the remainder of the contractual term.5 In addition, SPI will be allowed to “pool”
the energy from its four plants.

ORA’s Position
         ORA argues that PG&E has not adequately shown that any liability that
might ultimately result from the litigation would necessarily be recoverable in
rates, and absent such a showing it is unreasonable for PG&E to be granted rate
recovery for the costs of the settlement.

    PG&E provided a copy of the Order of the Bankruptcy Court at the PHC.
5The source of the 5.37¢ rate is Decision (D.) 01-06-015. In that Decision, we sought to
bring stability to utility/QF contracts, and to ensure that Qualifying Facilities (QFs)
generated as much electricity as possible at reasonable prices. To provide an incentive
to maximize QF production, we pre-approved three types of contract modifications, one
of which replaced the SRAC formula with a fixed price of 5.37¢ for five years. Since SPI
no longer had a contract with PG&E at that time, it could not avail itself of this contract

A.02-08-005 ALJ/PVA/tcg                                               DRAFT
      Specifically, ORA objects to ratepayers paying for power from SPI at the
rate of 5.37¢ per kWh for four years.6 According to ORA, SPI would only be
entitled to payment under its contracts at SRAC, which is currently below 5.37¢
per kWh. ORA, citing PG&E figures, values the increment between the 5.37¢ rate
and the SRAC-based rate at a net present value of $7.95 million for the four year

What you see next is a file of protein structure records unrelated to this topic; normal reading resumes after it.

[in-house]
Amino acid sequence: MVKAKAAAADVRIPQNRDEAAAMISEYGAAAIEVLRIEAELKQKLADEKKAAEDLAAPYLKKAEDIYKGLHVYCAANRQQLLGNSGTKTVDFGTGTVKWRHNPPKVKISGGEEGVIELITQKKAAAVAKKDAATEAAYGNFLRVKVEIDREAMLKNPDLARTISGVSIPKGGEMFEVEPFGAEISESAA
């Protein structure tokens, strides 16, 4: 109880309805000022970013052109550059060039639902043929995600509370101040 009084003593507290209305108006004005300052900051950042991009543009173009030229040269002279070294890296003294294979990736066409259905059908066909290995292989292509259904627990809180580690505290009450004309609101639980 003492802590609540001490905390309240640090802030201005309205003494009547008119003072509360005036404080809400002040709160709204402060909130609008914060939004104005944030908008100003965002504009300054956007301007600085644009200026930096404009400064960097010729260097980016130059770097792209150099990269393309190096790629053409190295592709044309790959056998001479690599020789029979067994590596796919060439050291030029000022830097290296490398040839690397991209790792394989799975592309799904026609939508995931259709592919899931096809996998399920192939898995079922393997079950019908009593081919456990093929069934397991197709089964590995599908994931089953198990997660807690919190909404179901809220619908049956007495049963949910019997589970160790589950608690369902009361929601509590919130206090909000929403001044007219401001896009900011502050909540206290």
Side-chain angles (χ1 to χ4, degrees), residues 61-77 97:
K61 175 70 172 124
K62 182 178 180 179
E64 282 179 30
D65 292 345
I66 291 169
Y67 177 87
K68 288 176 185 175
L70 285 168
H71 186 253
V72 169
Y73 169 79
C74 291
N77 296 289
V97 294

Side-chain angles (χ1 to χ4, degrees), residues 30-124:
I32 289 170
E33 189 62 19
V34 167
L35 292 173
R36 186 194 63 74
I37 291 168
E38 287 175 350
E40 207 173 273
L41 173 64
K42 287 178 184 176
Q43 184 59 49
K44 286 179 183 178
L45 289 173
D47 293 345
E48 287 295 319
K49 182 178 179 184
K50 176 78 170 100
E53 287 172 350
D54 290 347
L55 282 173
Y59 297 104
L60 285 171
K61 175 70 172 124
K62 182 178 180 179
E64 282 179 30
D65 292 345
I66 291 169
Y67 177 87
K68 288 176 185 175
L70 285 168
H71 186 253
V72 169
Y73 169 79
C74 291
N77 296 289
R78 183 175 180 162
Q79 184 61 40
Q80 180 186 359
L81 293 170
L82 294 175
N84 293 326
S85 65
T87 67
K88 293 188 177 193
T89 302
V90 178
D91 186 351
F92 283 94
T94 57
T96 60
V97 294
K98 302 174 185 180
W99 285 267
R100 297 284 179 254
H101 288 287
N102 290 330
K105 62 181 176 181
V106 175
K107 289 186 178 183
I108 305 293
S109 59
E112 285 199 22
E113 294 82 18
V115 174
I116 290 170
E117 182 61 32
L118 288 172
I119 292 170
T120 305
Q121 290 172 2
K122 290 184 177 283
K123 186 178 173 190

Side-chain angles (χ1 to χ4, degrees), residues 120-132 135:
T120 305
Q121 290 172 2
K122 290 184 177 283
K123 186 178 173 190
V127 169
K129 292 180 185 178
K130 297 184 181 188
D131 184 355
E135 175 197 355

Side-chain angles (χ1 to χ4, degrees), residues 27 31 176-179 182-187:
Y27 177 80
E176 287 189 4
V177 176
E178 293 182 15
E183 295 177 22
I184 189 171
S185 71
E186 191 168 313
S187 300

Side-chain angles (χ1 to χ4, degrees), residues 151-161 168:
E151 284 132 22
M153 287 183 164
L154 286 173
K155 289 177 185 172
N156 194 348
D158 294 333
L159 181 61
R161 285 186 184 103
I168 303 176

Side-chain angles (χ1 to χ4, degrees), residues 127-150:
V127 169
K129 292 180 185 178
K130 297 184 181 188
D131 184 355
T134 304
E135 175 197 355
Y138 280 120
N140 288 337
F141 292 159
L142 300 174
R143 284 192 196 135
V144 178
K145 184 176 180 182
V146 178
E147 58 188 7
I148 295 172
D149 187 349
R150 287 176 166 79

period. The rate recovery of this $7.95 million increment is what ORA is
      ORA further notes that the Settlement Agreement allows PG&E to waive
the requirement that the Commission provide for full rate recovery. ORA
recommended that the Commission separate out the question of rate recovery
from approval of the Settlement Agreement, so that the Commission could
approve the Settlement Agreement in an expedited manner, but examine the rate
recovery issues presented by ORA in more detail and on a more deliberate

PG&E’s and SPI’s Positions
      PG&E disagrees with ORA. PG&E asserts that any liability it incurs as a
result of the litigation at issue would likely be recoverable from ratepayers.
Furthermore, PG&E argues that approval of the present Settlement Agreement is
consistent with both Commission policies and recent precedents. PG&E cites to
the Commission’s recent approval of a similar settlement in the Oildale
proceeding (D.02-08-068). PG&E argues that the record in this proceeding
regarding litigation risks is much more extensive than the record in the Oildale

6ORA has not challenged or questioned the payment by PG&E for power delivered, nor
has ORA challenged or questioned the reinstatement of the contracts (at SRAC rates) for
the period beyond the four years.

A.02-08-005 ALJ/PVA/tcg                                                    DRAFT
proceeding, and accordingly there is a stronger case for Commission approval
here than was presented in the Oildale proceeding.7
         PG&E also stated that it was not willing to waive the requirement of rate